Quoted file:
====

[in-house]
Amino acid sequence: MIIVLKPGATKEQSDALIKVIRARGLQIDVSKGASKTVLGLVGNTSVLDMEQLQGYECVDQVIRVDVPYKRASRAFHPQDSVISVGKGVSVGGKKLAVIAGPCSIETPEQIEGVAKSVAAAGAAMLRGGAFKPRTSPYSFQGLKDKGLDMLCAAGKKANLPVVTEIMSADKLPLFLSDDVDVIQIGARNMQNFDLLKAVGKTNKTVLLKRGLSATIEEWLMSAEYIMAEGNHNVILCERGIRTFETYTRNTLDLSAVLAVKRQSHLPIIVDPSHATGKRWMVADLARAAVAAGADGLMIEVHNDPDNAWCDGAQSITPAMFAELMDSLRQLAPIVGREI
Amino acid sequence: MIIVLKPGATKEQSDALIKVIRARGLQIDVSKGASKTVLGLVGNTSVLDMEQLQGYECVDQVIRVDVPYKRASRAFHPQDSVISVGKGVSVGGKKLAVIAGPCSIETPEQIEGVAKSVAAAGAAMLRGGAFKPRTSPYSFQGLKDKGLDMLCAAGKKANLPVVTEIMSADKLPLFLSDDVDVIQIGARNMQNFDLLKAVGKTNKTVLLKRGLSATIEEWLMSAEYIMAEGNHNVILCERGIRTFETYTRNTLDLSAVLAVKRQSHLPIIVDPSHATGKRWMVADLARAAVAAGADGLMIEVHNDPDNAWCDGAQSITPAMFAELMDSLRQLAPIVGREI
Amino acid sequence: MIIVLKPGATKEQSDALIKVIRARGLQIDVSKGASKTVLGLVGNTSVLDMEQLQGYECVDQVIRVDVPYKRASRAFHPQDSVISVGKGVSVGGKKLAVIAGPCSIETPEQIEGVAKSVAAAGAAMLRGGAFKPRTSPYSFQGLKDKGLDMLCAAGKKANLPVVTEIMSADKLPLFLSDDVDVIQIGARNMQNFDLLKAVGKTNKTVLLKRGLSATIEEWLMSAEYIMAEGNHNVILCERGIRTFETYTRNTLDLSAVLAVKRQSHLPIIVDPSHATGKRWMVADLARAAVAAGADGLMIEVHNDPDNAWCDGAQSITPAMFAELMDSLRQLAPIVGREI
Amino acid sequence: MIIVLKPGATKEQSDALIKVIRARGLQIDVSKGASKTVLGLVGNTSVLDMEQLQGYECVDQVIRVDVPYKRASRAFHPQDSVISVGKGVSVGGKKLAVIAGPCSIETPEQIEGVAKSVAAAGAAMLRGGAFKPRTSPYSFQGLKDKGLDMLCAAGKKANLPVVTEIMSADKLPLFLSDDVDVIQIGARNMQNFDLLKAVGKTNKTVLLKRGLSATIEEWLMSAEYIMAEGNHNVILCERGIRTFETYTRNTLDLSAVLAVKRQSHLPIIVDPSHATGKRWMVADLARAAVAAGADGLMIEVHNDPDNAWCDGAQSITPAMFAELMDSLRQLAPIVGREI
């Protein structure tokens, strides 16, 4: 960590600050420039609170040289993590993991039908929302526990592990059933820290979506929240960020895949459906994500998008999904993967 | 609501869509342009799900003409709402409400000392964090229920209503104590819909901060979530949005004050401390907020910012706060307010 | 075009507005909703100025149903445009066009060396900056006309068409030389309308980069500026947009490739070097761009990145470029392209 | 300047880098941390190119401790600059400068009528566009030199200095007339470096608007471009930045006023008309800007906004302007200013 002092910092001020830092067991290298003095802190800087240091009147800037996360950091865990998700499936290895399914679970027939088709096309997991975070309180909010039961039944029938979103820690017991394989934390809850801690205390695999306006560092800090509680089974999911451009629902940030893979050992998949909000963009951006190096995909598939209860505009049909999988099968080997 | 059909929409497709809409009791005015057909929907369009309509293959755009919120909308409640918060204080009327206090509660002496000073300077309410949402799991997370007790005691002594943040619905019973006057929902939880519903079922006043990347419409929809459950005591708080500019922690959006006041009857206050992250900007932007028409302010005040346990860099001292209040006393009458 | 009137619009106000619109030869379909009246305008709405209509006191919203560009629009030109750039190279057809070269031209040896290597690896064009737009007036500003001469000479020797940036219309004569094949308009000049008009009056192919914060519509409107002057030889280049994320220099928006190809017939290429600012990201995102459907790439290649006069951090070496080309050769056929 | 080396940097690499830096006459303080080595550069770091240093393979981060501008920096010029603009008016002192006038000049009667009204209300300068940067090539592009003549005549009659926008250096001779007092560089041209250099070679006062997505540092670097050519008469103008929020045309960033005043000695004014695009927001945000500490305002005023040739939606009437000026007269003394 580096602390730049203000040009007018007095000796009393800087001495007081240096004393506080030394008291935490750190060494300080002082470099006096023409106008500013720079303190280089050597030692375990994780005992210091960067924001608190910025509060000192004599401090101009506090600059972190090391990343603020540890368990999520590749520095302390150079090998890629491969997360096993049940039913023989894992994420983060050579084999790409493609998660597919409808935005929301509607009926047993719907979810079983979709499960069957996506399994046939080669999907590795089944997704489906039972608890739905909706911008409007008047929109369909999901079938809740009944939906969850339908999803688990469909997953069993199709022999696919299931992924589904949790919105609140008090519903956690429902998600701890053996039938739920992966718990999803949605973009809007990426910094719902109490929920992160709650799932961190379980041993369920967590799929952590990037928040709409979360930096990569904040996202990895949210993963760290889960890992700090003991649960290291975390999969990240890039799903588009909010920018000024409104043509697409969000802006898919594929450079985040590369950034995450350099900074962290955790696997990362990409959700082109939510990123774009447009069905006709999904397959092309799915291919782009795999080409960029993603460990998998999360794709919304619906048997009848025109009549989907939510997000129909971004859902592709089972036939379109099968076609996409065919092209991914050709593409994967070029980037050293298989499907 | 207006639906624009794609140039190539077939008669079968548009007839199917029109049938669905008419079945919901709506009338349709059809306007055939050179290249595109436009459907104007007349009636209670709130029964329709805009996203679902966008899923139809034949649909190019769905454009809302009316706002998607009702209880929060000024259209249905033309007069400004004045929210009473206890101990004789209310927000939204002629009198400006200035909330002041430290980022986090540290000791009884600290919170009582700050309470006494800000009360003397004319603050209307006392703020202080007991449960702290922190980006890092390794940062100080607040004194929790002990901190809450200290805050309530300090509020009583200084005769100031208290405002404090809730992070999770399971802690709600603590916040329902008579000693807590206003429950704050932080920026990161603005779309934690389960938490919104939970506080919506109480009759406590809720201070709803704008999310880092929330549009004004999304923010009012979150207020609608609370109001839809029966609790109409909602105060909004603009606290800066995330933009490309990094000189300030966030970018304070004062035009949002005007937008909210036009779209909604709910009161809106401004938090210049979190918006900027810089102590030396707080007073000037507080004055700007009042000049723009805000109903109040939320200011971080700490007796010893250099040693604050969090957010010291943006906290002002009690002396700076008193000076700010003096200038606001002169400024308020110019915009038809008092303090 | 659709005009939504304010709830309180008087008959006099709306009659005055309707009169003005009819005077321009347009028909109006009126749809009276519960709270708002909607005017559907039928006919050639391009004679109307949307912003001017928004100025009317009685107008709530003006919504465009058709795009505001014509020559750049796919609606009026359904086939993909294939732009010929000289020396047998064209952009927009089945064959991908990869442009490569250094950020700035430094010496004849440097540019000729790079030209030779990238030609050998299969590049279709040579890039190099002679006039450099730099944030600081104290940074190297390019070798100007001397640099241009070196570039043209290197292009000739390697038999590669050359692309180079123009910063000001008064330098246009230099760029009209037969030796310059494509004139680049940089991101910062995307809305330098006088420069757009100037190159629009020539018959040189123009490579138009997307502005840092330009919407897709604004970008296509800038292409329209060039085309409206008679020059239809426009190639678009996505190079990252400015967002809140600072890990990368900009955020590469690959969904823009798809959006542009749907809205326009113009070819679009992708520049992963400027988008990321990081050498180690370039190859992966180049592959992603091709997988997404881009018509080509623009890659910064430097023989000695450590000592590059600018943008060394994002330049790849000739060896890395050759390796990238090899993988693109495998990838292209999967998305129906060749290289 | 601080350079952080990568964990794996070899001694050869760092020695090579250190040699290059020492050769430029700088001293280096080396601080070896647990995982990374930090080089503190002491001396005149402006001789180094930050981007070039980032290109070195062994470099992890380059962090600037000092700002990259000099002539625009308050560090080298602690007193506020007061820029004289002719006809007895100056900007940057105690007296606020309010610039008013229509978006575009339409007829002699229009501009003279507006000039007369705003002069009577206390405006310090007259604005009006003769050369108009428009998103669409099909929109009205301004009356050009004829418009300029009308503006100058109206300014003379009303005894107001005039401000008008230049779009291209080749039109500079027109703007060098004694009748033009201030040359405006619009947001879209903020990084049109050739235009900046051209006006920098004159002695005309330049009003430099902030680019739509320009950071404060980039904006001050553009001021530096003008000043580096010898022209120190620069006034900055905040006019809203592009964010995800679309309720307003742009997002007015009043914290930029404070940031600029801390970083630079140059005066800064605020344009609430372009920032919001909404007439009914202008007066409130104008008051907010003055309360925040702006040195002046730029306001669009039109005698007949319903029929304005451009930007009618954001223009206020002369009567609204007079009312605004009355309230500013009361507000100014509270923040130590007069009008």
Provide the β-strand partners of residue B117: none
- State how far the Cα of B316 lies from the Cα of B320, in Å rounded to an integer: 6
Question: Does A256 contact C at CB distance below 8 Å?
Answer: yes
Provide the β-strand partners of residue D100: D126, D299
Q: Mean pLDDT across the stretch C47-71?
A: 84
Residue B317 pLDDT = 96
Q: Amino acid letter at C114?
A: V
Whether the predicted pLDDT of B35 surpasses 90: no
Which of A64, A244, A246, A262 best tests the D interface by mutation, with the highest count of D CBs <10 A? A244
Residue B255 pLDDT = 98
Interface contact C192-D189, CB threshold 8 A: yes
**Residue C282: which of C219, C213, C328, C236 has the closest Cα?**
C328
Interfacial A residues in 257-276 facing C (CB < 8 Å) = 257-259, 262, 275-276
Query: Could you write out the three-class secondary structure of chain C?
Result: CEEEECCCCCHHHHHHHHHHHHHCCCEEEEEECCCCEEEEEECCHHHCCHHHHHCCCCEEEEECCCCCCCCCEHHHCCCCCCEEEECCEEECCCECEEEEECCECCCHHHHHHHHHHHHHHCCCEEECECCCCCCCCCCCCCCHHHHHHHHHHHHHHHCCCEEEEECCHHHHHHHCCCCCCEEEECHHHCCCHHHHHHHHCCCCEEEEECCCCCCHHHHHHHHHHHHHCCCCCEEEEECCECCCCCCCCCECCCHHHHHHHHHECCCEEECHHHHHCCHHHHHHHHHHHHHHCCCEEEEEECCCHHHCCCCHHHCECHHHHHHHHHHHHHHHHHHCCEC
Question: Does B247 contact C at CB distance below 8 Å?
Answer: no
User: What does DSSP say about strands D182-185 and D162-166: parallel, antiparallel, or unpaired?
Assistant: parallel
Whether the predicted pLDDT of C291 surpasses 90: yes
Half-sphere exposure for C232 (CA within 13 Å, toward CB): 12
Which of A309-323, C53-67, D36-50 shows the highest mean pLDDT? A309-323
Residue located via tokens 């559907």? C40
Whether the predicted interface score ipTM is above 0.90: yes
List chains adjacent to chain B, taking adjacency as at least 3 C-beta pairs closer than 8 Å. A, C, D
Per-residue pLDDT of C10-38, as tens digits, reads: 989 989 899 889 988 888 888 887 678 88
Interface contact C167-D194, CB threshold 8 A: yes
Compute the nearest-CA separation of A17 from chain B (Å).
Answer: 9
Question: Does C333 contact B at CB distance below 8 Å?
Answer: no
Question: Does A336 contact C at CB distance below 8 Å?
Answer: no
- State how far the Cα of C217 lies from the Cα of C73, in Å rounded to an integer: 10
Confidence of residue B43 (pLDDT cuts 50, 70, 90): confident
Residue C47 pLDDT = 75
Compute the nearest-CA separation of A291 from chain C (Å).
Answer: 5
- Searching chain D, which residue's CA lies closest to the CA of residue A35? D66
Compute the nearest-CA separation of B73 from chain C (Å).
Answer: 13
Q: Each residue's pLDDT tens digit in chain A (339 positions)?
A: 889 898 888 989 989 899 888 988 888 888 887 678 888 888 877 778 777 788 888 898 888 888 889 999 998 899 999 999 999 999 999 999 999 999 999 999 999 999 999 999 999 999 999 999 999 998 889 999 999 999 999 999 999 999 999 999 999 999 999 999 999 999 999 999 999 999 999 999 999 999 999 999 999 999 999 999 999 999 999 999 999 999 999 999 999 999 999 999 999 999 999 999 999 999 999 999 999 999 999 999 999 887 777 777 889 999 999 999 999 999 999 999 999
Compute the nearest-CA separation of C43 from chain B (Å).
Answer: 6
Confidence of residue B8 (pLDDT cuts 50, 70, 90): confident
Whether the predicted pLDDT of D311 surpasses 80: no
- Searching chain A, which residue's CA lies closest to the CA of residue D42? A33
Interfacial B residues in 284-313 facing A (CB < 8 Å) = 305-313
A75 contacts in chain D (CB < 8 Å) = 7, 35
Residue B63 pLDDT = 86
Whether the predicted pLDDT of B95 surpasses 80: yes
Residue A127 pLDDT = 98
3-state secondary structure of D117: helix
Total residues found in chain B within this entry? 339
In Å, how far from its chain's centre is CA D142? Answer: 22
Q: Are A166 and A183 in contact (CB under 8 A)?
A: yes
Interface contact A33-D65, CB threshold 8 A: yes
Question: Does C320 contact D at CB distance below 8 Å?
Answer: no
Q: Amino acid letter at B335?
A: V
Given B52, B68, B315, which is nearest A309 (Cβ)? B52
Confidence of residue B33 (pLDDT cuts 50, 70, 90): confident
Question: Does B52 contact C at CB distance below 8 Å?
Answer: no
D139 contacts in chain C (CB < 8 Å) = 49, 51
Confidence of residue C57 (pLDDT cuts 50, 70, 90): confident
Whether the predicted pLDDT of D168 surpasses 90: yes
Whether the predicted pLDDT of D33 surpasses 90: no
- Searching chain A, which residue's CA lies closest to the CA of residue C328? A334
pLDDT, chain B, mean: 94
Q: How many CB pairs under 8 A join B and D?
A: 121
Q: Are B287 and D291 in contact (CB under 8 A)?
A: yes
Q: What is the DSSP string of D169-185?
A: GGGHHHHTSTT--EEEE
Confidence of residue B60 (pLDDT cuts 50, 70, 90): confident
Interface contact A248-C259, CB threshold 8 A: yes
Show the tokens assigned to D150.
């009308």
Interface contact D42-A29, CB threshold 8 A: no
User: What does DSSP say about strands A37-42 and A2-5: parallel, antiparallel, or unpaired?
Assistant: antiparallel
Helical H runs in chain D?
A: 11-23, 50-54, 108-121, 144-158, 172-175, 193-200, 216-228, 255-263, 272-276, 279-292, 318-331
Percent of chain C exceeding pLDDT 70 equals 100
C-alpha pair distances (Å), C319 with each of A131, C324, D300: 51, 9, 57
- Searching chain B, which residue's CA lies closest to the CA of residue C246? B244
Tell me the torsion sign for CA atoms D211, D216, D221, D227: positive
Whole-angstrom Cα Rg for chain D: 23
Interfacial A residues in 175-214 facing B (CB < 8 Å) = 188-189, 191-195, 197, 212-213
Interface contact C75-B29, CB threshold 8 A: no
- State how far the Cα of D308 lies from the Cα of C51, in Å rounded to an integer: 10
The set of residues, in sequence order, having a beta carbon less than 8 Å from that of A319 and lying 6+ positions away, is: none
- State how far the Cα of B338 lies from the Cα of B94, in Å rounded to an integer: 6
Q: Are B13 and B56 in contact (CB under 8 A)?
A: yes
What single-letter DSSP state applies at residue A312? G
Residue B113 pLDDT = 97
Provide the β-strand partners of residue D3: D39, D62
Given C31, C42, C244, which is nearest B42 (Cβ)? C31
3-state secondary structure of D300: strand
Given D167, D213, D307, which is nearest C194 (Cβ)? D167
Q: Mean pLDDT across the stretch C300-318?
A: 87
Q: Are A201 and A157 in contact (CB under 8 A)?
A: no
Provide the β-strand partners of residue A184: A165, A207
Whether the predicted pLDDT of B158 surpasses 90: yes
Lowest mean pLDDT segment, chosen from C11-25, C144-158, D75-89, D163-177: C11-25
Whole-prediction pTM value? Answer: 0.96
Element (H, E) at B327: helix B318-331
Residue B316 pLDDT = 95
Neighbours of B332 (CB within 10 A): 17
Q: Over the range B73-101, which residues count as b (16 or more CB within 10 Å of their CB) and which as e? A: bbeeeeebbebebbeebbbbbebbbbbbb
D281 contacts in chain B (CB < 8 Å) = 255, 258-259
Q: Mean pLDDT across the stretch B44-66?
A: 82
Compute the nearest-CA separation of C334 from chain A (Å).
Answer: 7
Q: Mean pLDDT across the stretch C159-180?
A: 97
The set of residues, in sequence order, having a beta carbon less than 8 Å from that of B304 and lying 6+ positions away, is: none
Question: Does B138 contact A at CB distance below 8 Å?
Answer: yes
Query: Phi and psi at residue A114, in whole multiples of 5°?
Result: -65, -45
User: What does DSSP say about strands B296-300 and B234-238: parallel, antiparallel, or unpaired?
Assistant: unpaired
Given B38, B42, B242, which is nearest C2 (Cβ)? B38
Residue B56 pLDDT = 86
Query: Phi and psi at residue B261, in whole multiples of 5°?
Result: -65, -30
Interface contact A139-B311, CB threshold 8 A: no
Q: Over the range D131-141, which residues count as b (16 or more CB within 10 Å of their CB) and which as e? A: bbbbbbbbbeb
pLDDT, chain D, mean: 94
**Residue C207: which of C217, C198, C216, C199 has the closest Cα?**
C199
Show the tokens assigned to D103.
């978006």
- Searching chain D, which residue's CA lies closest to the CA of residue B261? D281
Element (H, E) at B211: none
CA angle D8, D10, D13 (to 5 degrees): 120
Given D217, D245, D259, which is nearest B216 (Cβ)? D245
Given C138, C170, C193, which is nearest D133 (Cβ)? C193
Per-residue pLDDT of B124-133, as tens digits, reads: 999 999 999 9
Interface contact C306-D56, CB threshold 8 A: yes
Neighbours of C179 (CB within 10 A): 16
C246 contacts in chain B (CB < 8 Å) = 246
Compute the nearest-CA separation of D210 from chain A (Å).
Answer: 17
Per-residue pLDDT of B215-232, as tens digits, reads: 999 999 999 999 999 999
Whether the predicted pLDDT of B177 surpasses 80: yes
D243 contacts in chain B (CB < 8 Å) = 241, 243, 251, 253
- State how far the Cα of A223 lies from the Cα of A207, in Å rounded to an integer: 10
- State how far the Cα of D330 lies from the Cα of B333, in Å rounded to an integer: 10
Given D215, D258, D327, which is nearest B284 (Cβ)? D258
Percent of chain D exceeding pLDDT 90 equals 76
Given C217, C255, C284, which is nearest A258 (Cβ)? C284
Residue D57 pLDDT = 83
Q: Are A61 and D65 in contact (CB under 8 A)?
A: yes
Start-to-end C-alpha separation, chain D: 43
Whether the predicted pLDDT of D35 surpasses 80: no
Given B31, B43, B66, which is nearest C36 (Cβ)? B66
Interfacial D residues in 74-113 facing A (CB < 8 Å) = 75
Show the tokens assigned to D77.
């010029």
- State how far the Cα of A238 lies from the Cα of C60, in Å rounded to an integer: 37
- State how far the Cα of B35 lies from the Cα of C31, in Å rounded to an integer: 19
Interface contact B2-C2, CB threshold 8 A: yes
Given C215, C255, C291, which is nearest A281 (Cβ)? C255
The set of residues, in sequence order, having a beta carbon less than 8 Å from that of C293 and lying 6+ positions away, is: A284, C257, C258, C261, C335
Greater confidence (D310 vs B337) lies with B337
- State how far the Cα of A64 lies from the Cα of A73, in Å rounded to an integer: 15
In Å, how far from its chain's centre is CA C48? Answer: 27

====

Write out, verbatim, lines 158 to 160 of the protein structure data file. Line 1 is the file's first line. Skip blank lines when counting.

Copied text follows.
Given C138, C170, C193, which is nearest D133 (Cβ)? C193
Per-residue pLDDT of B124-133, as tens digits, reads: 999 999 999 9
Interface contact C306-D56, CB threshold 8 A: yes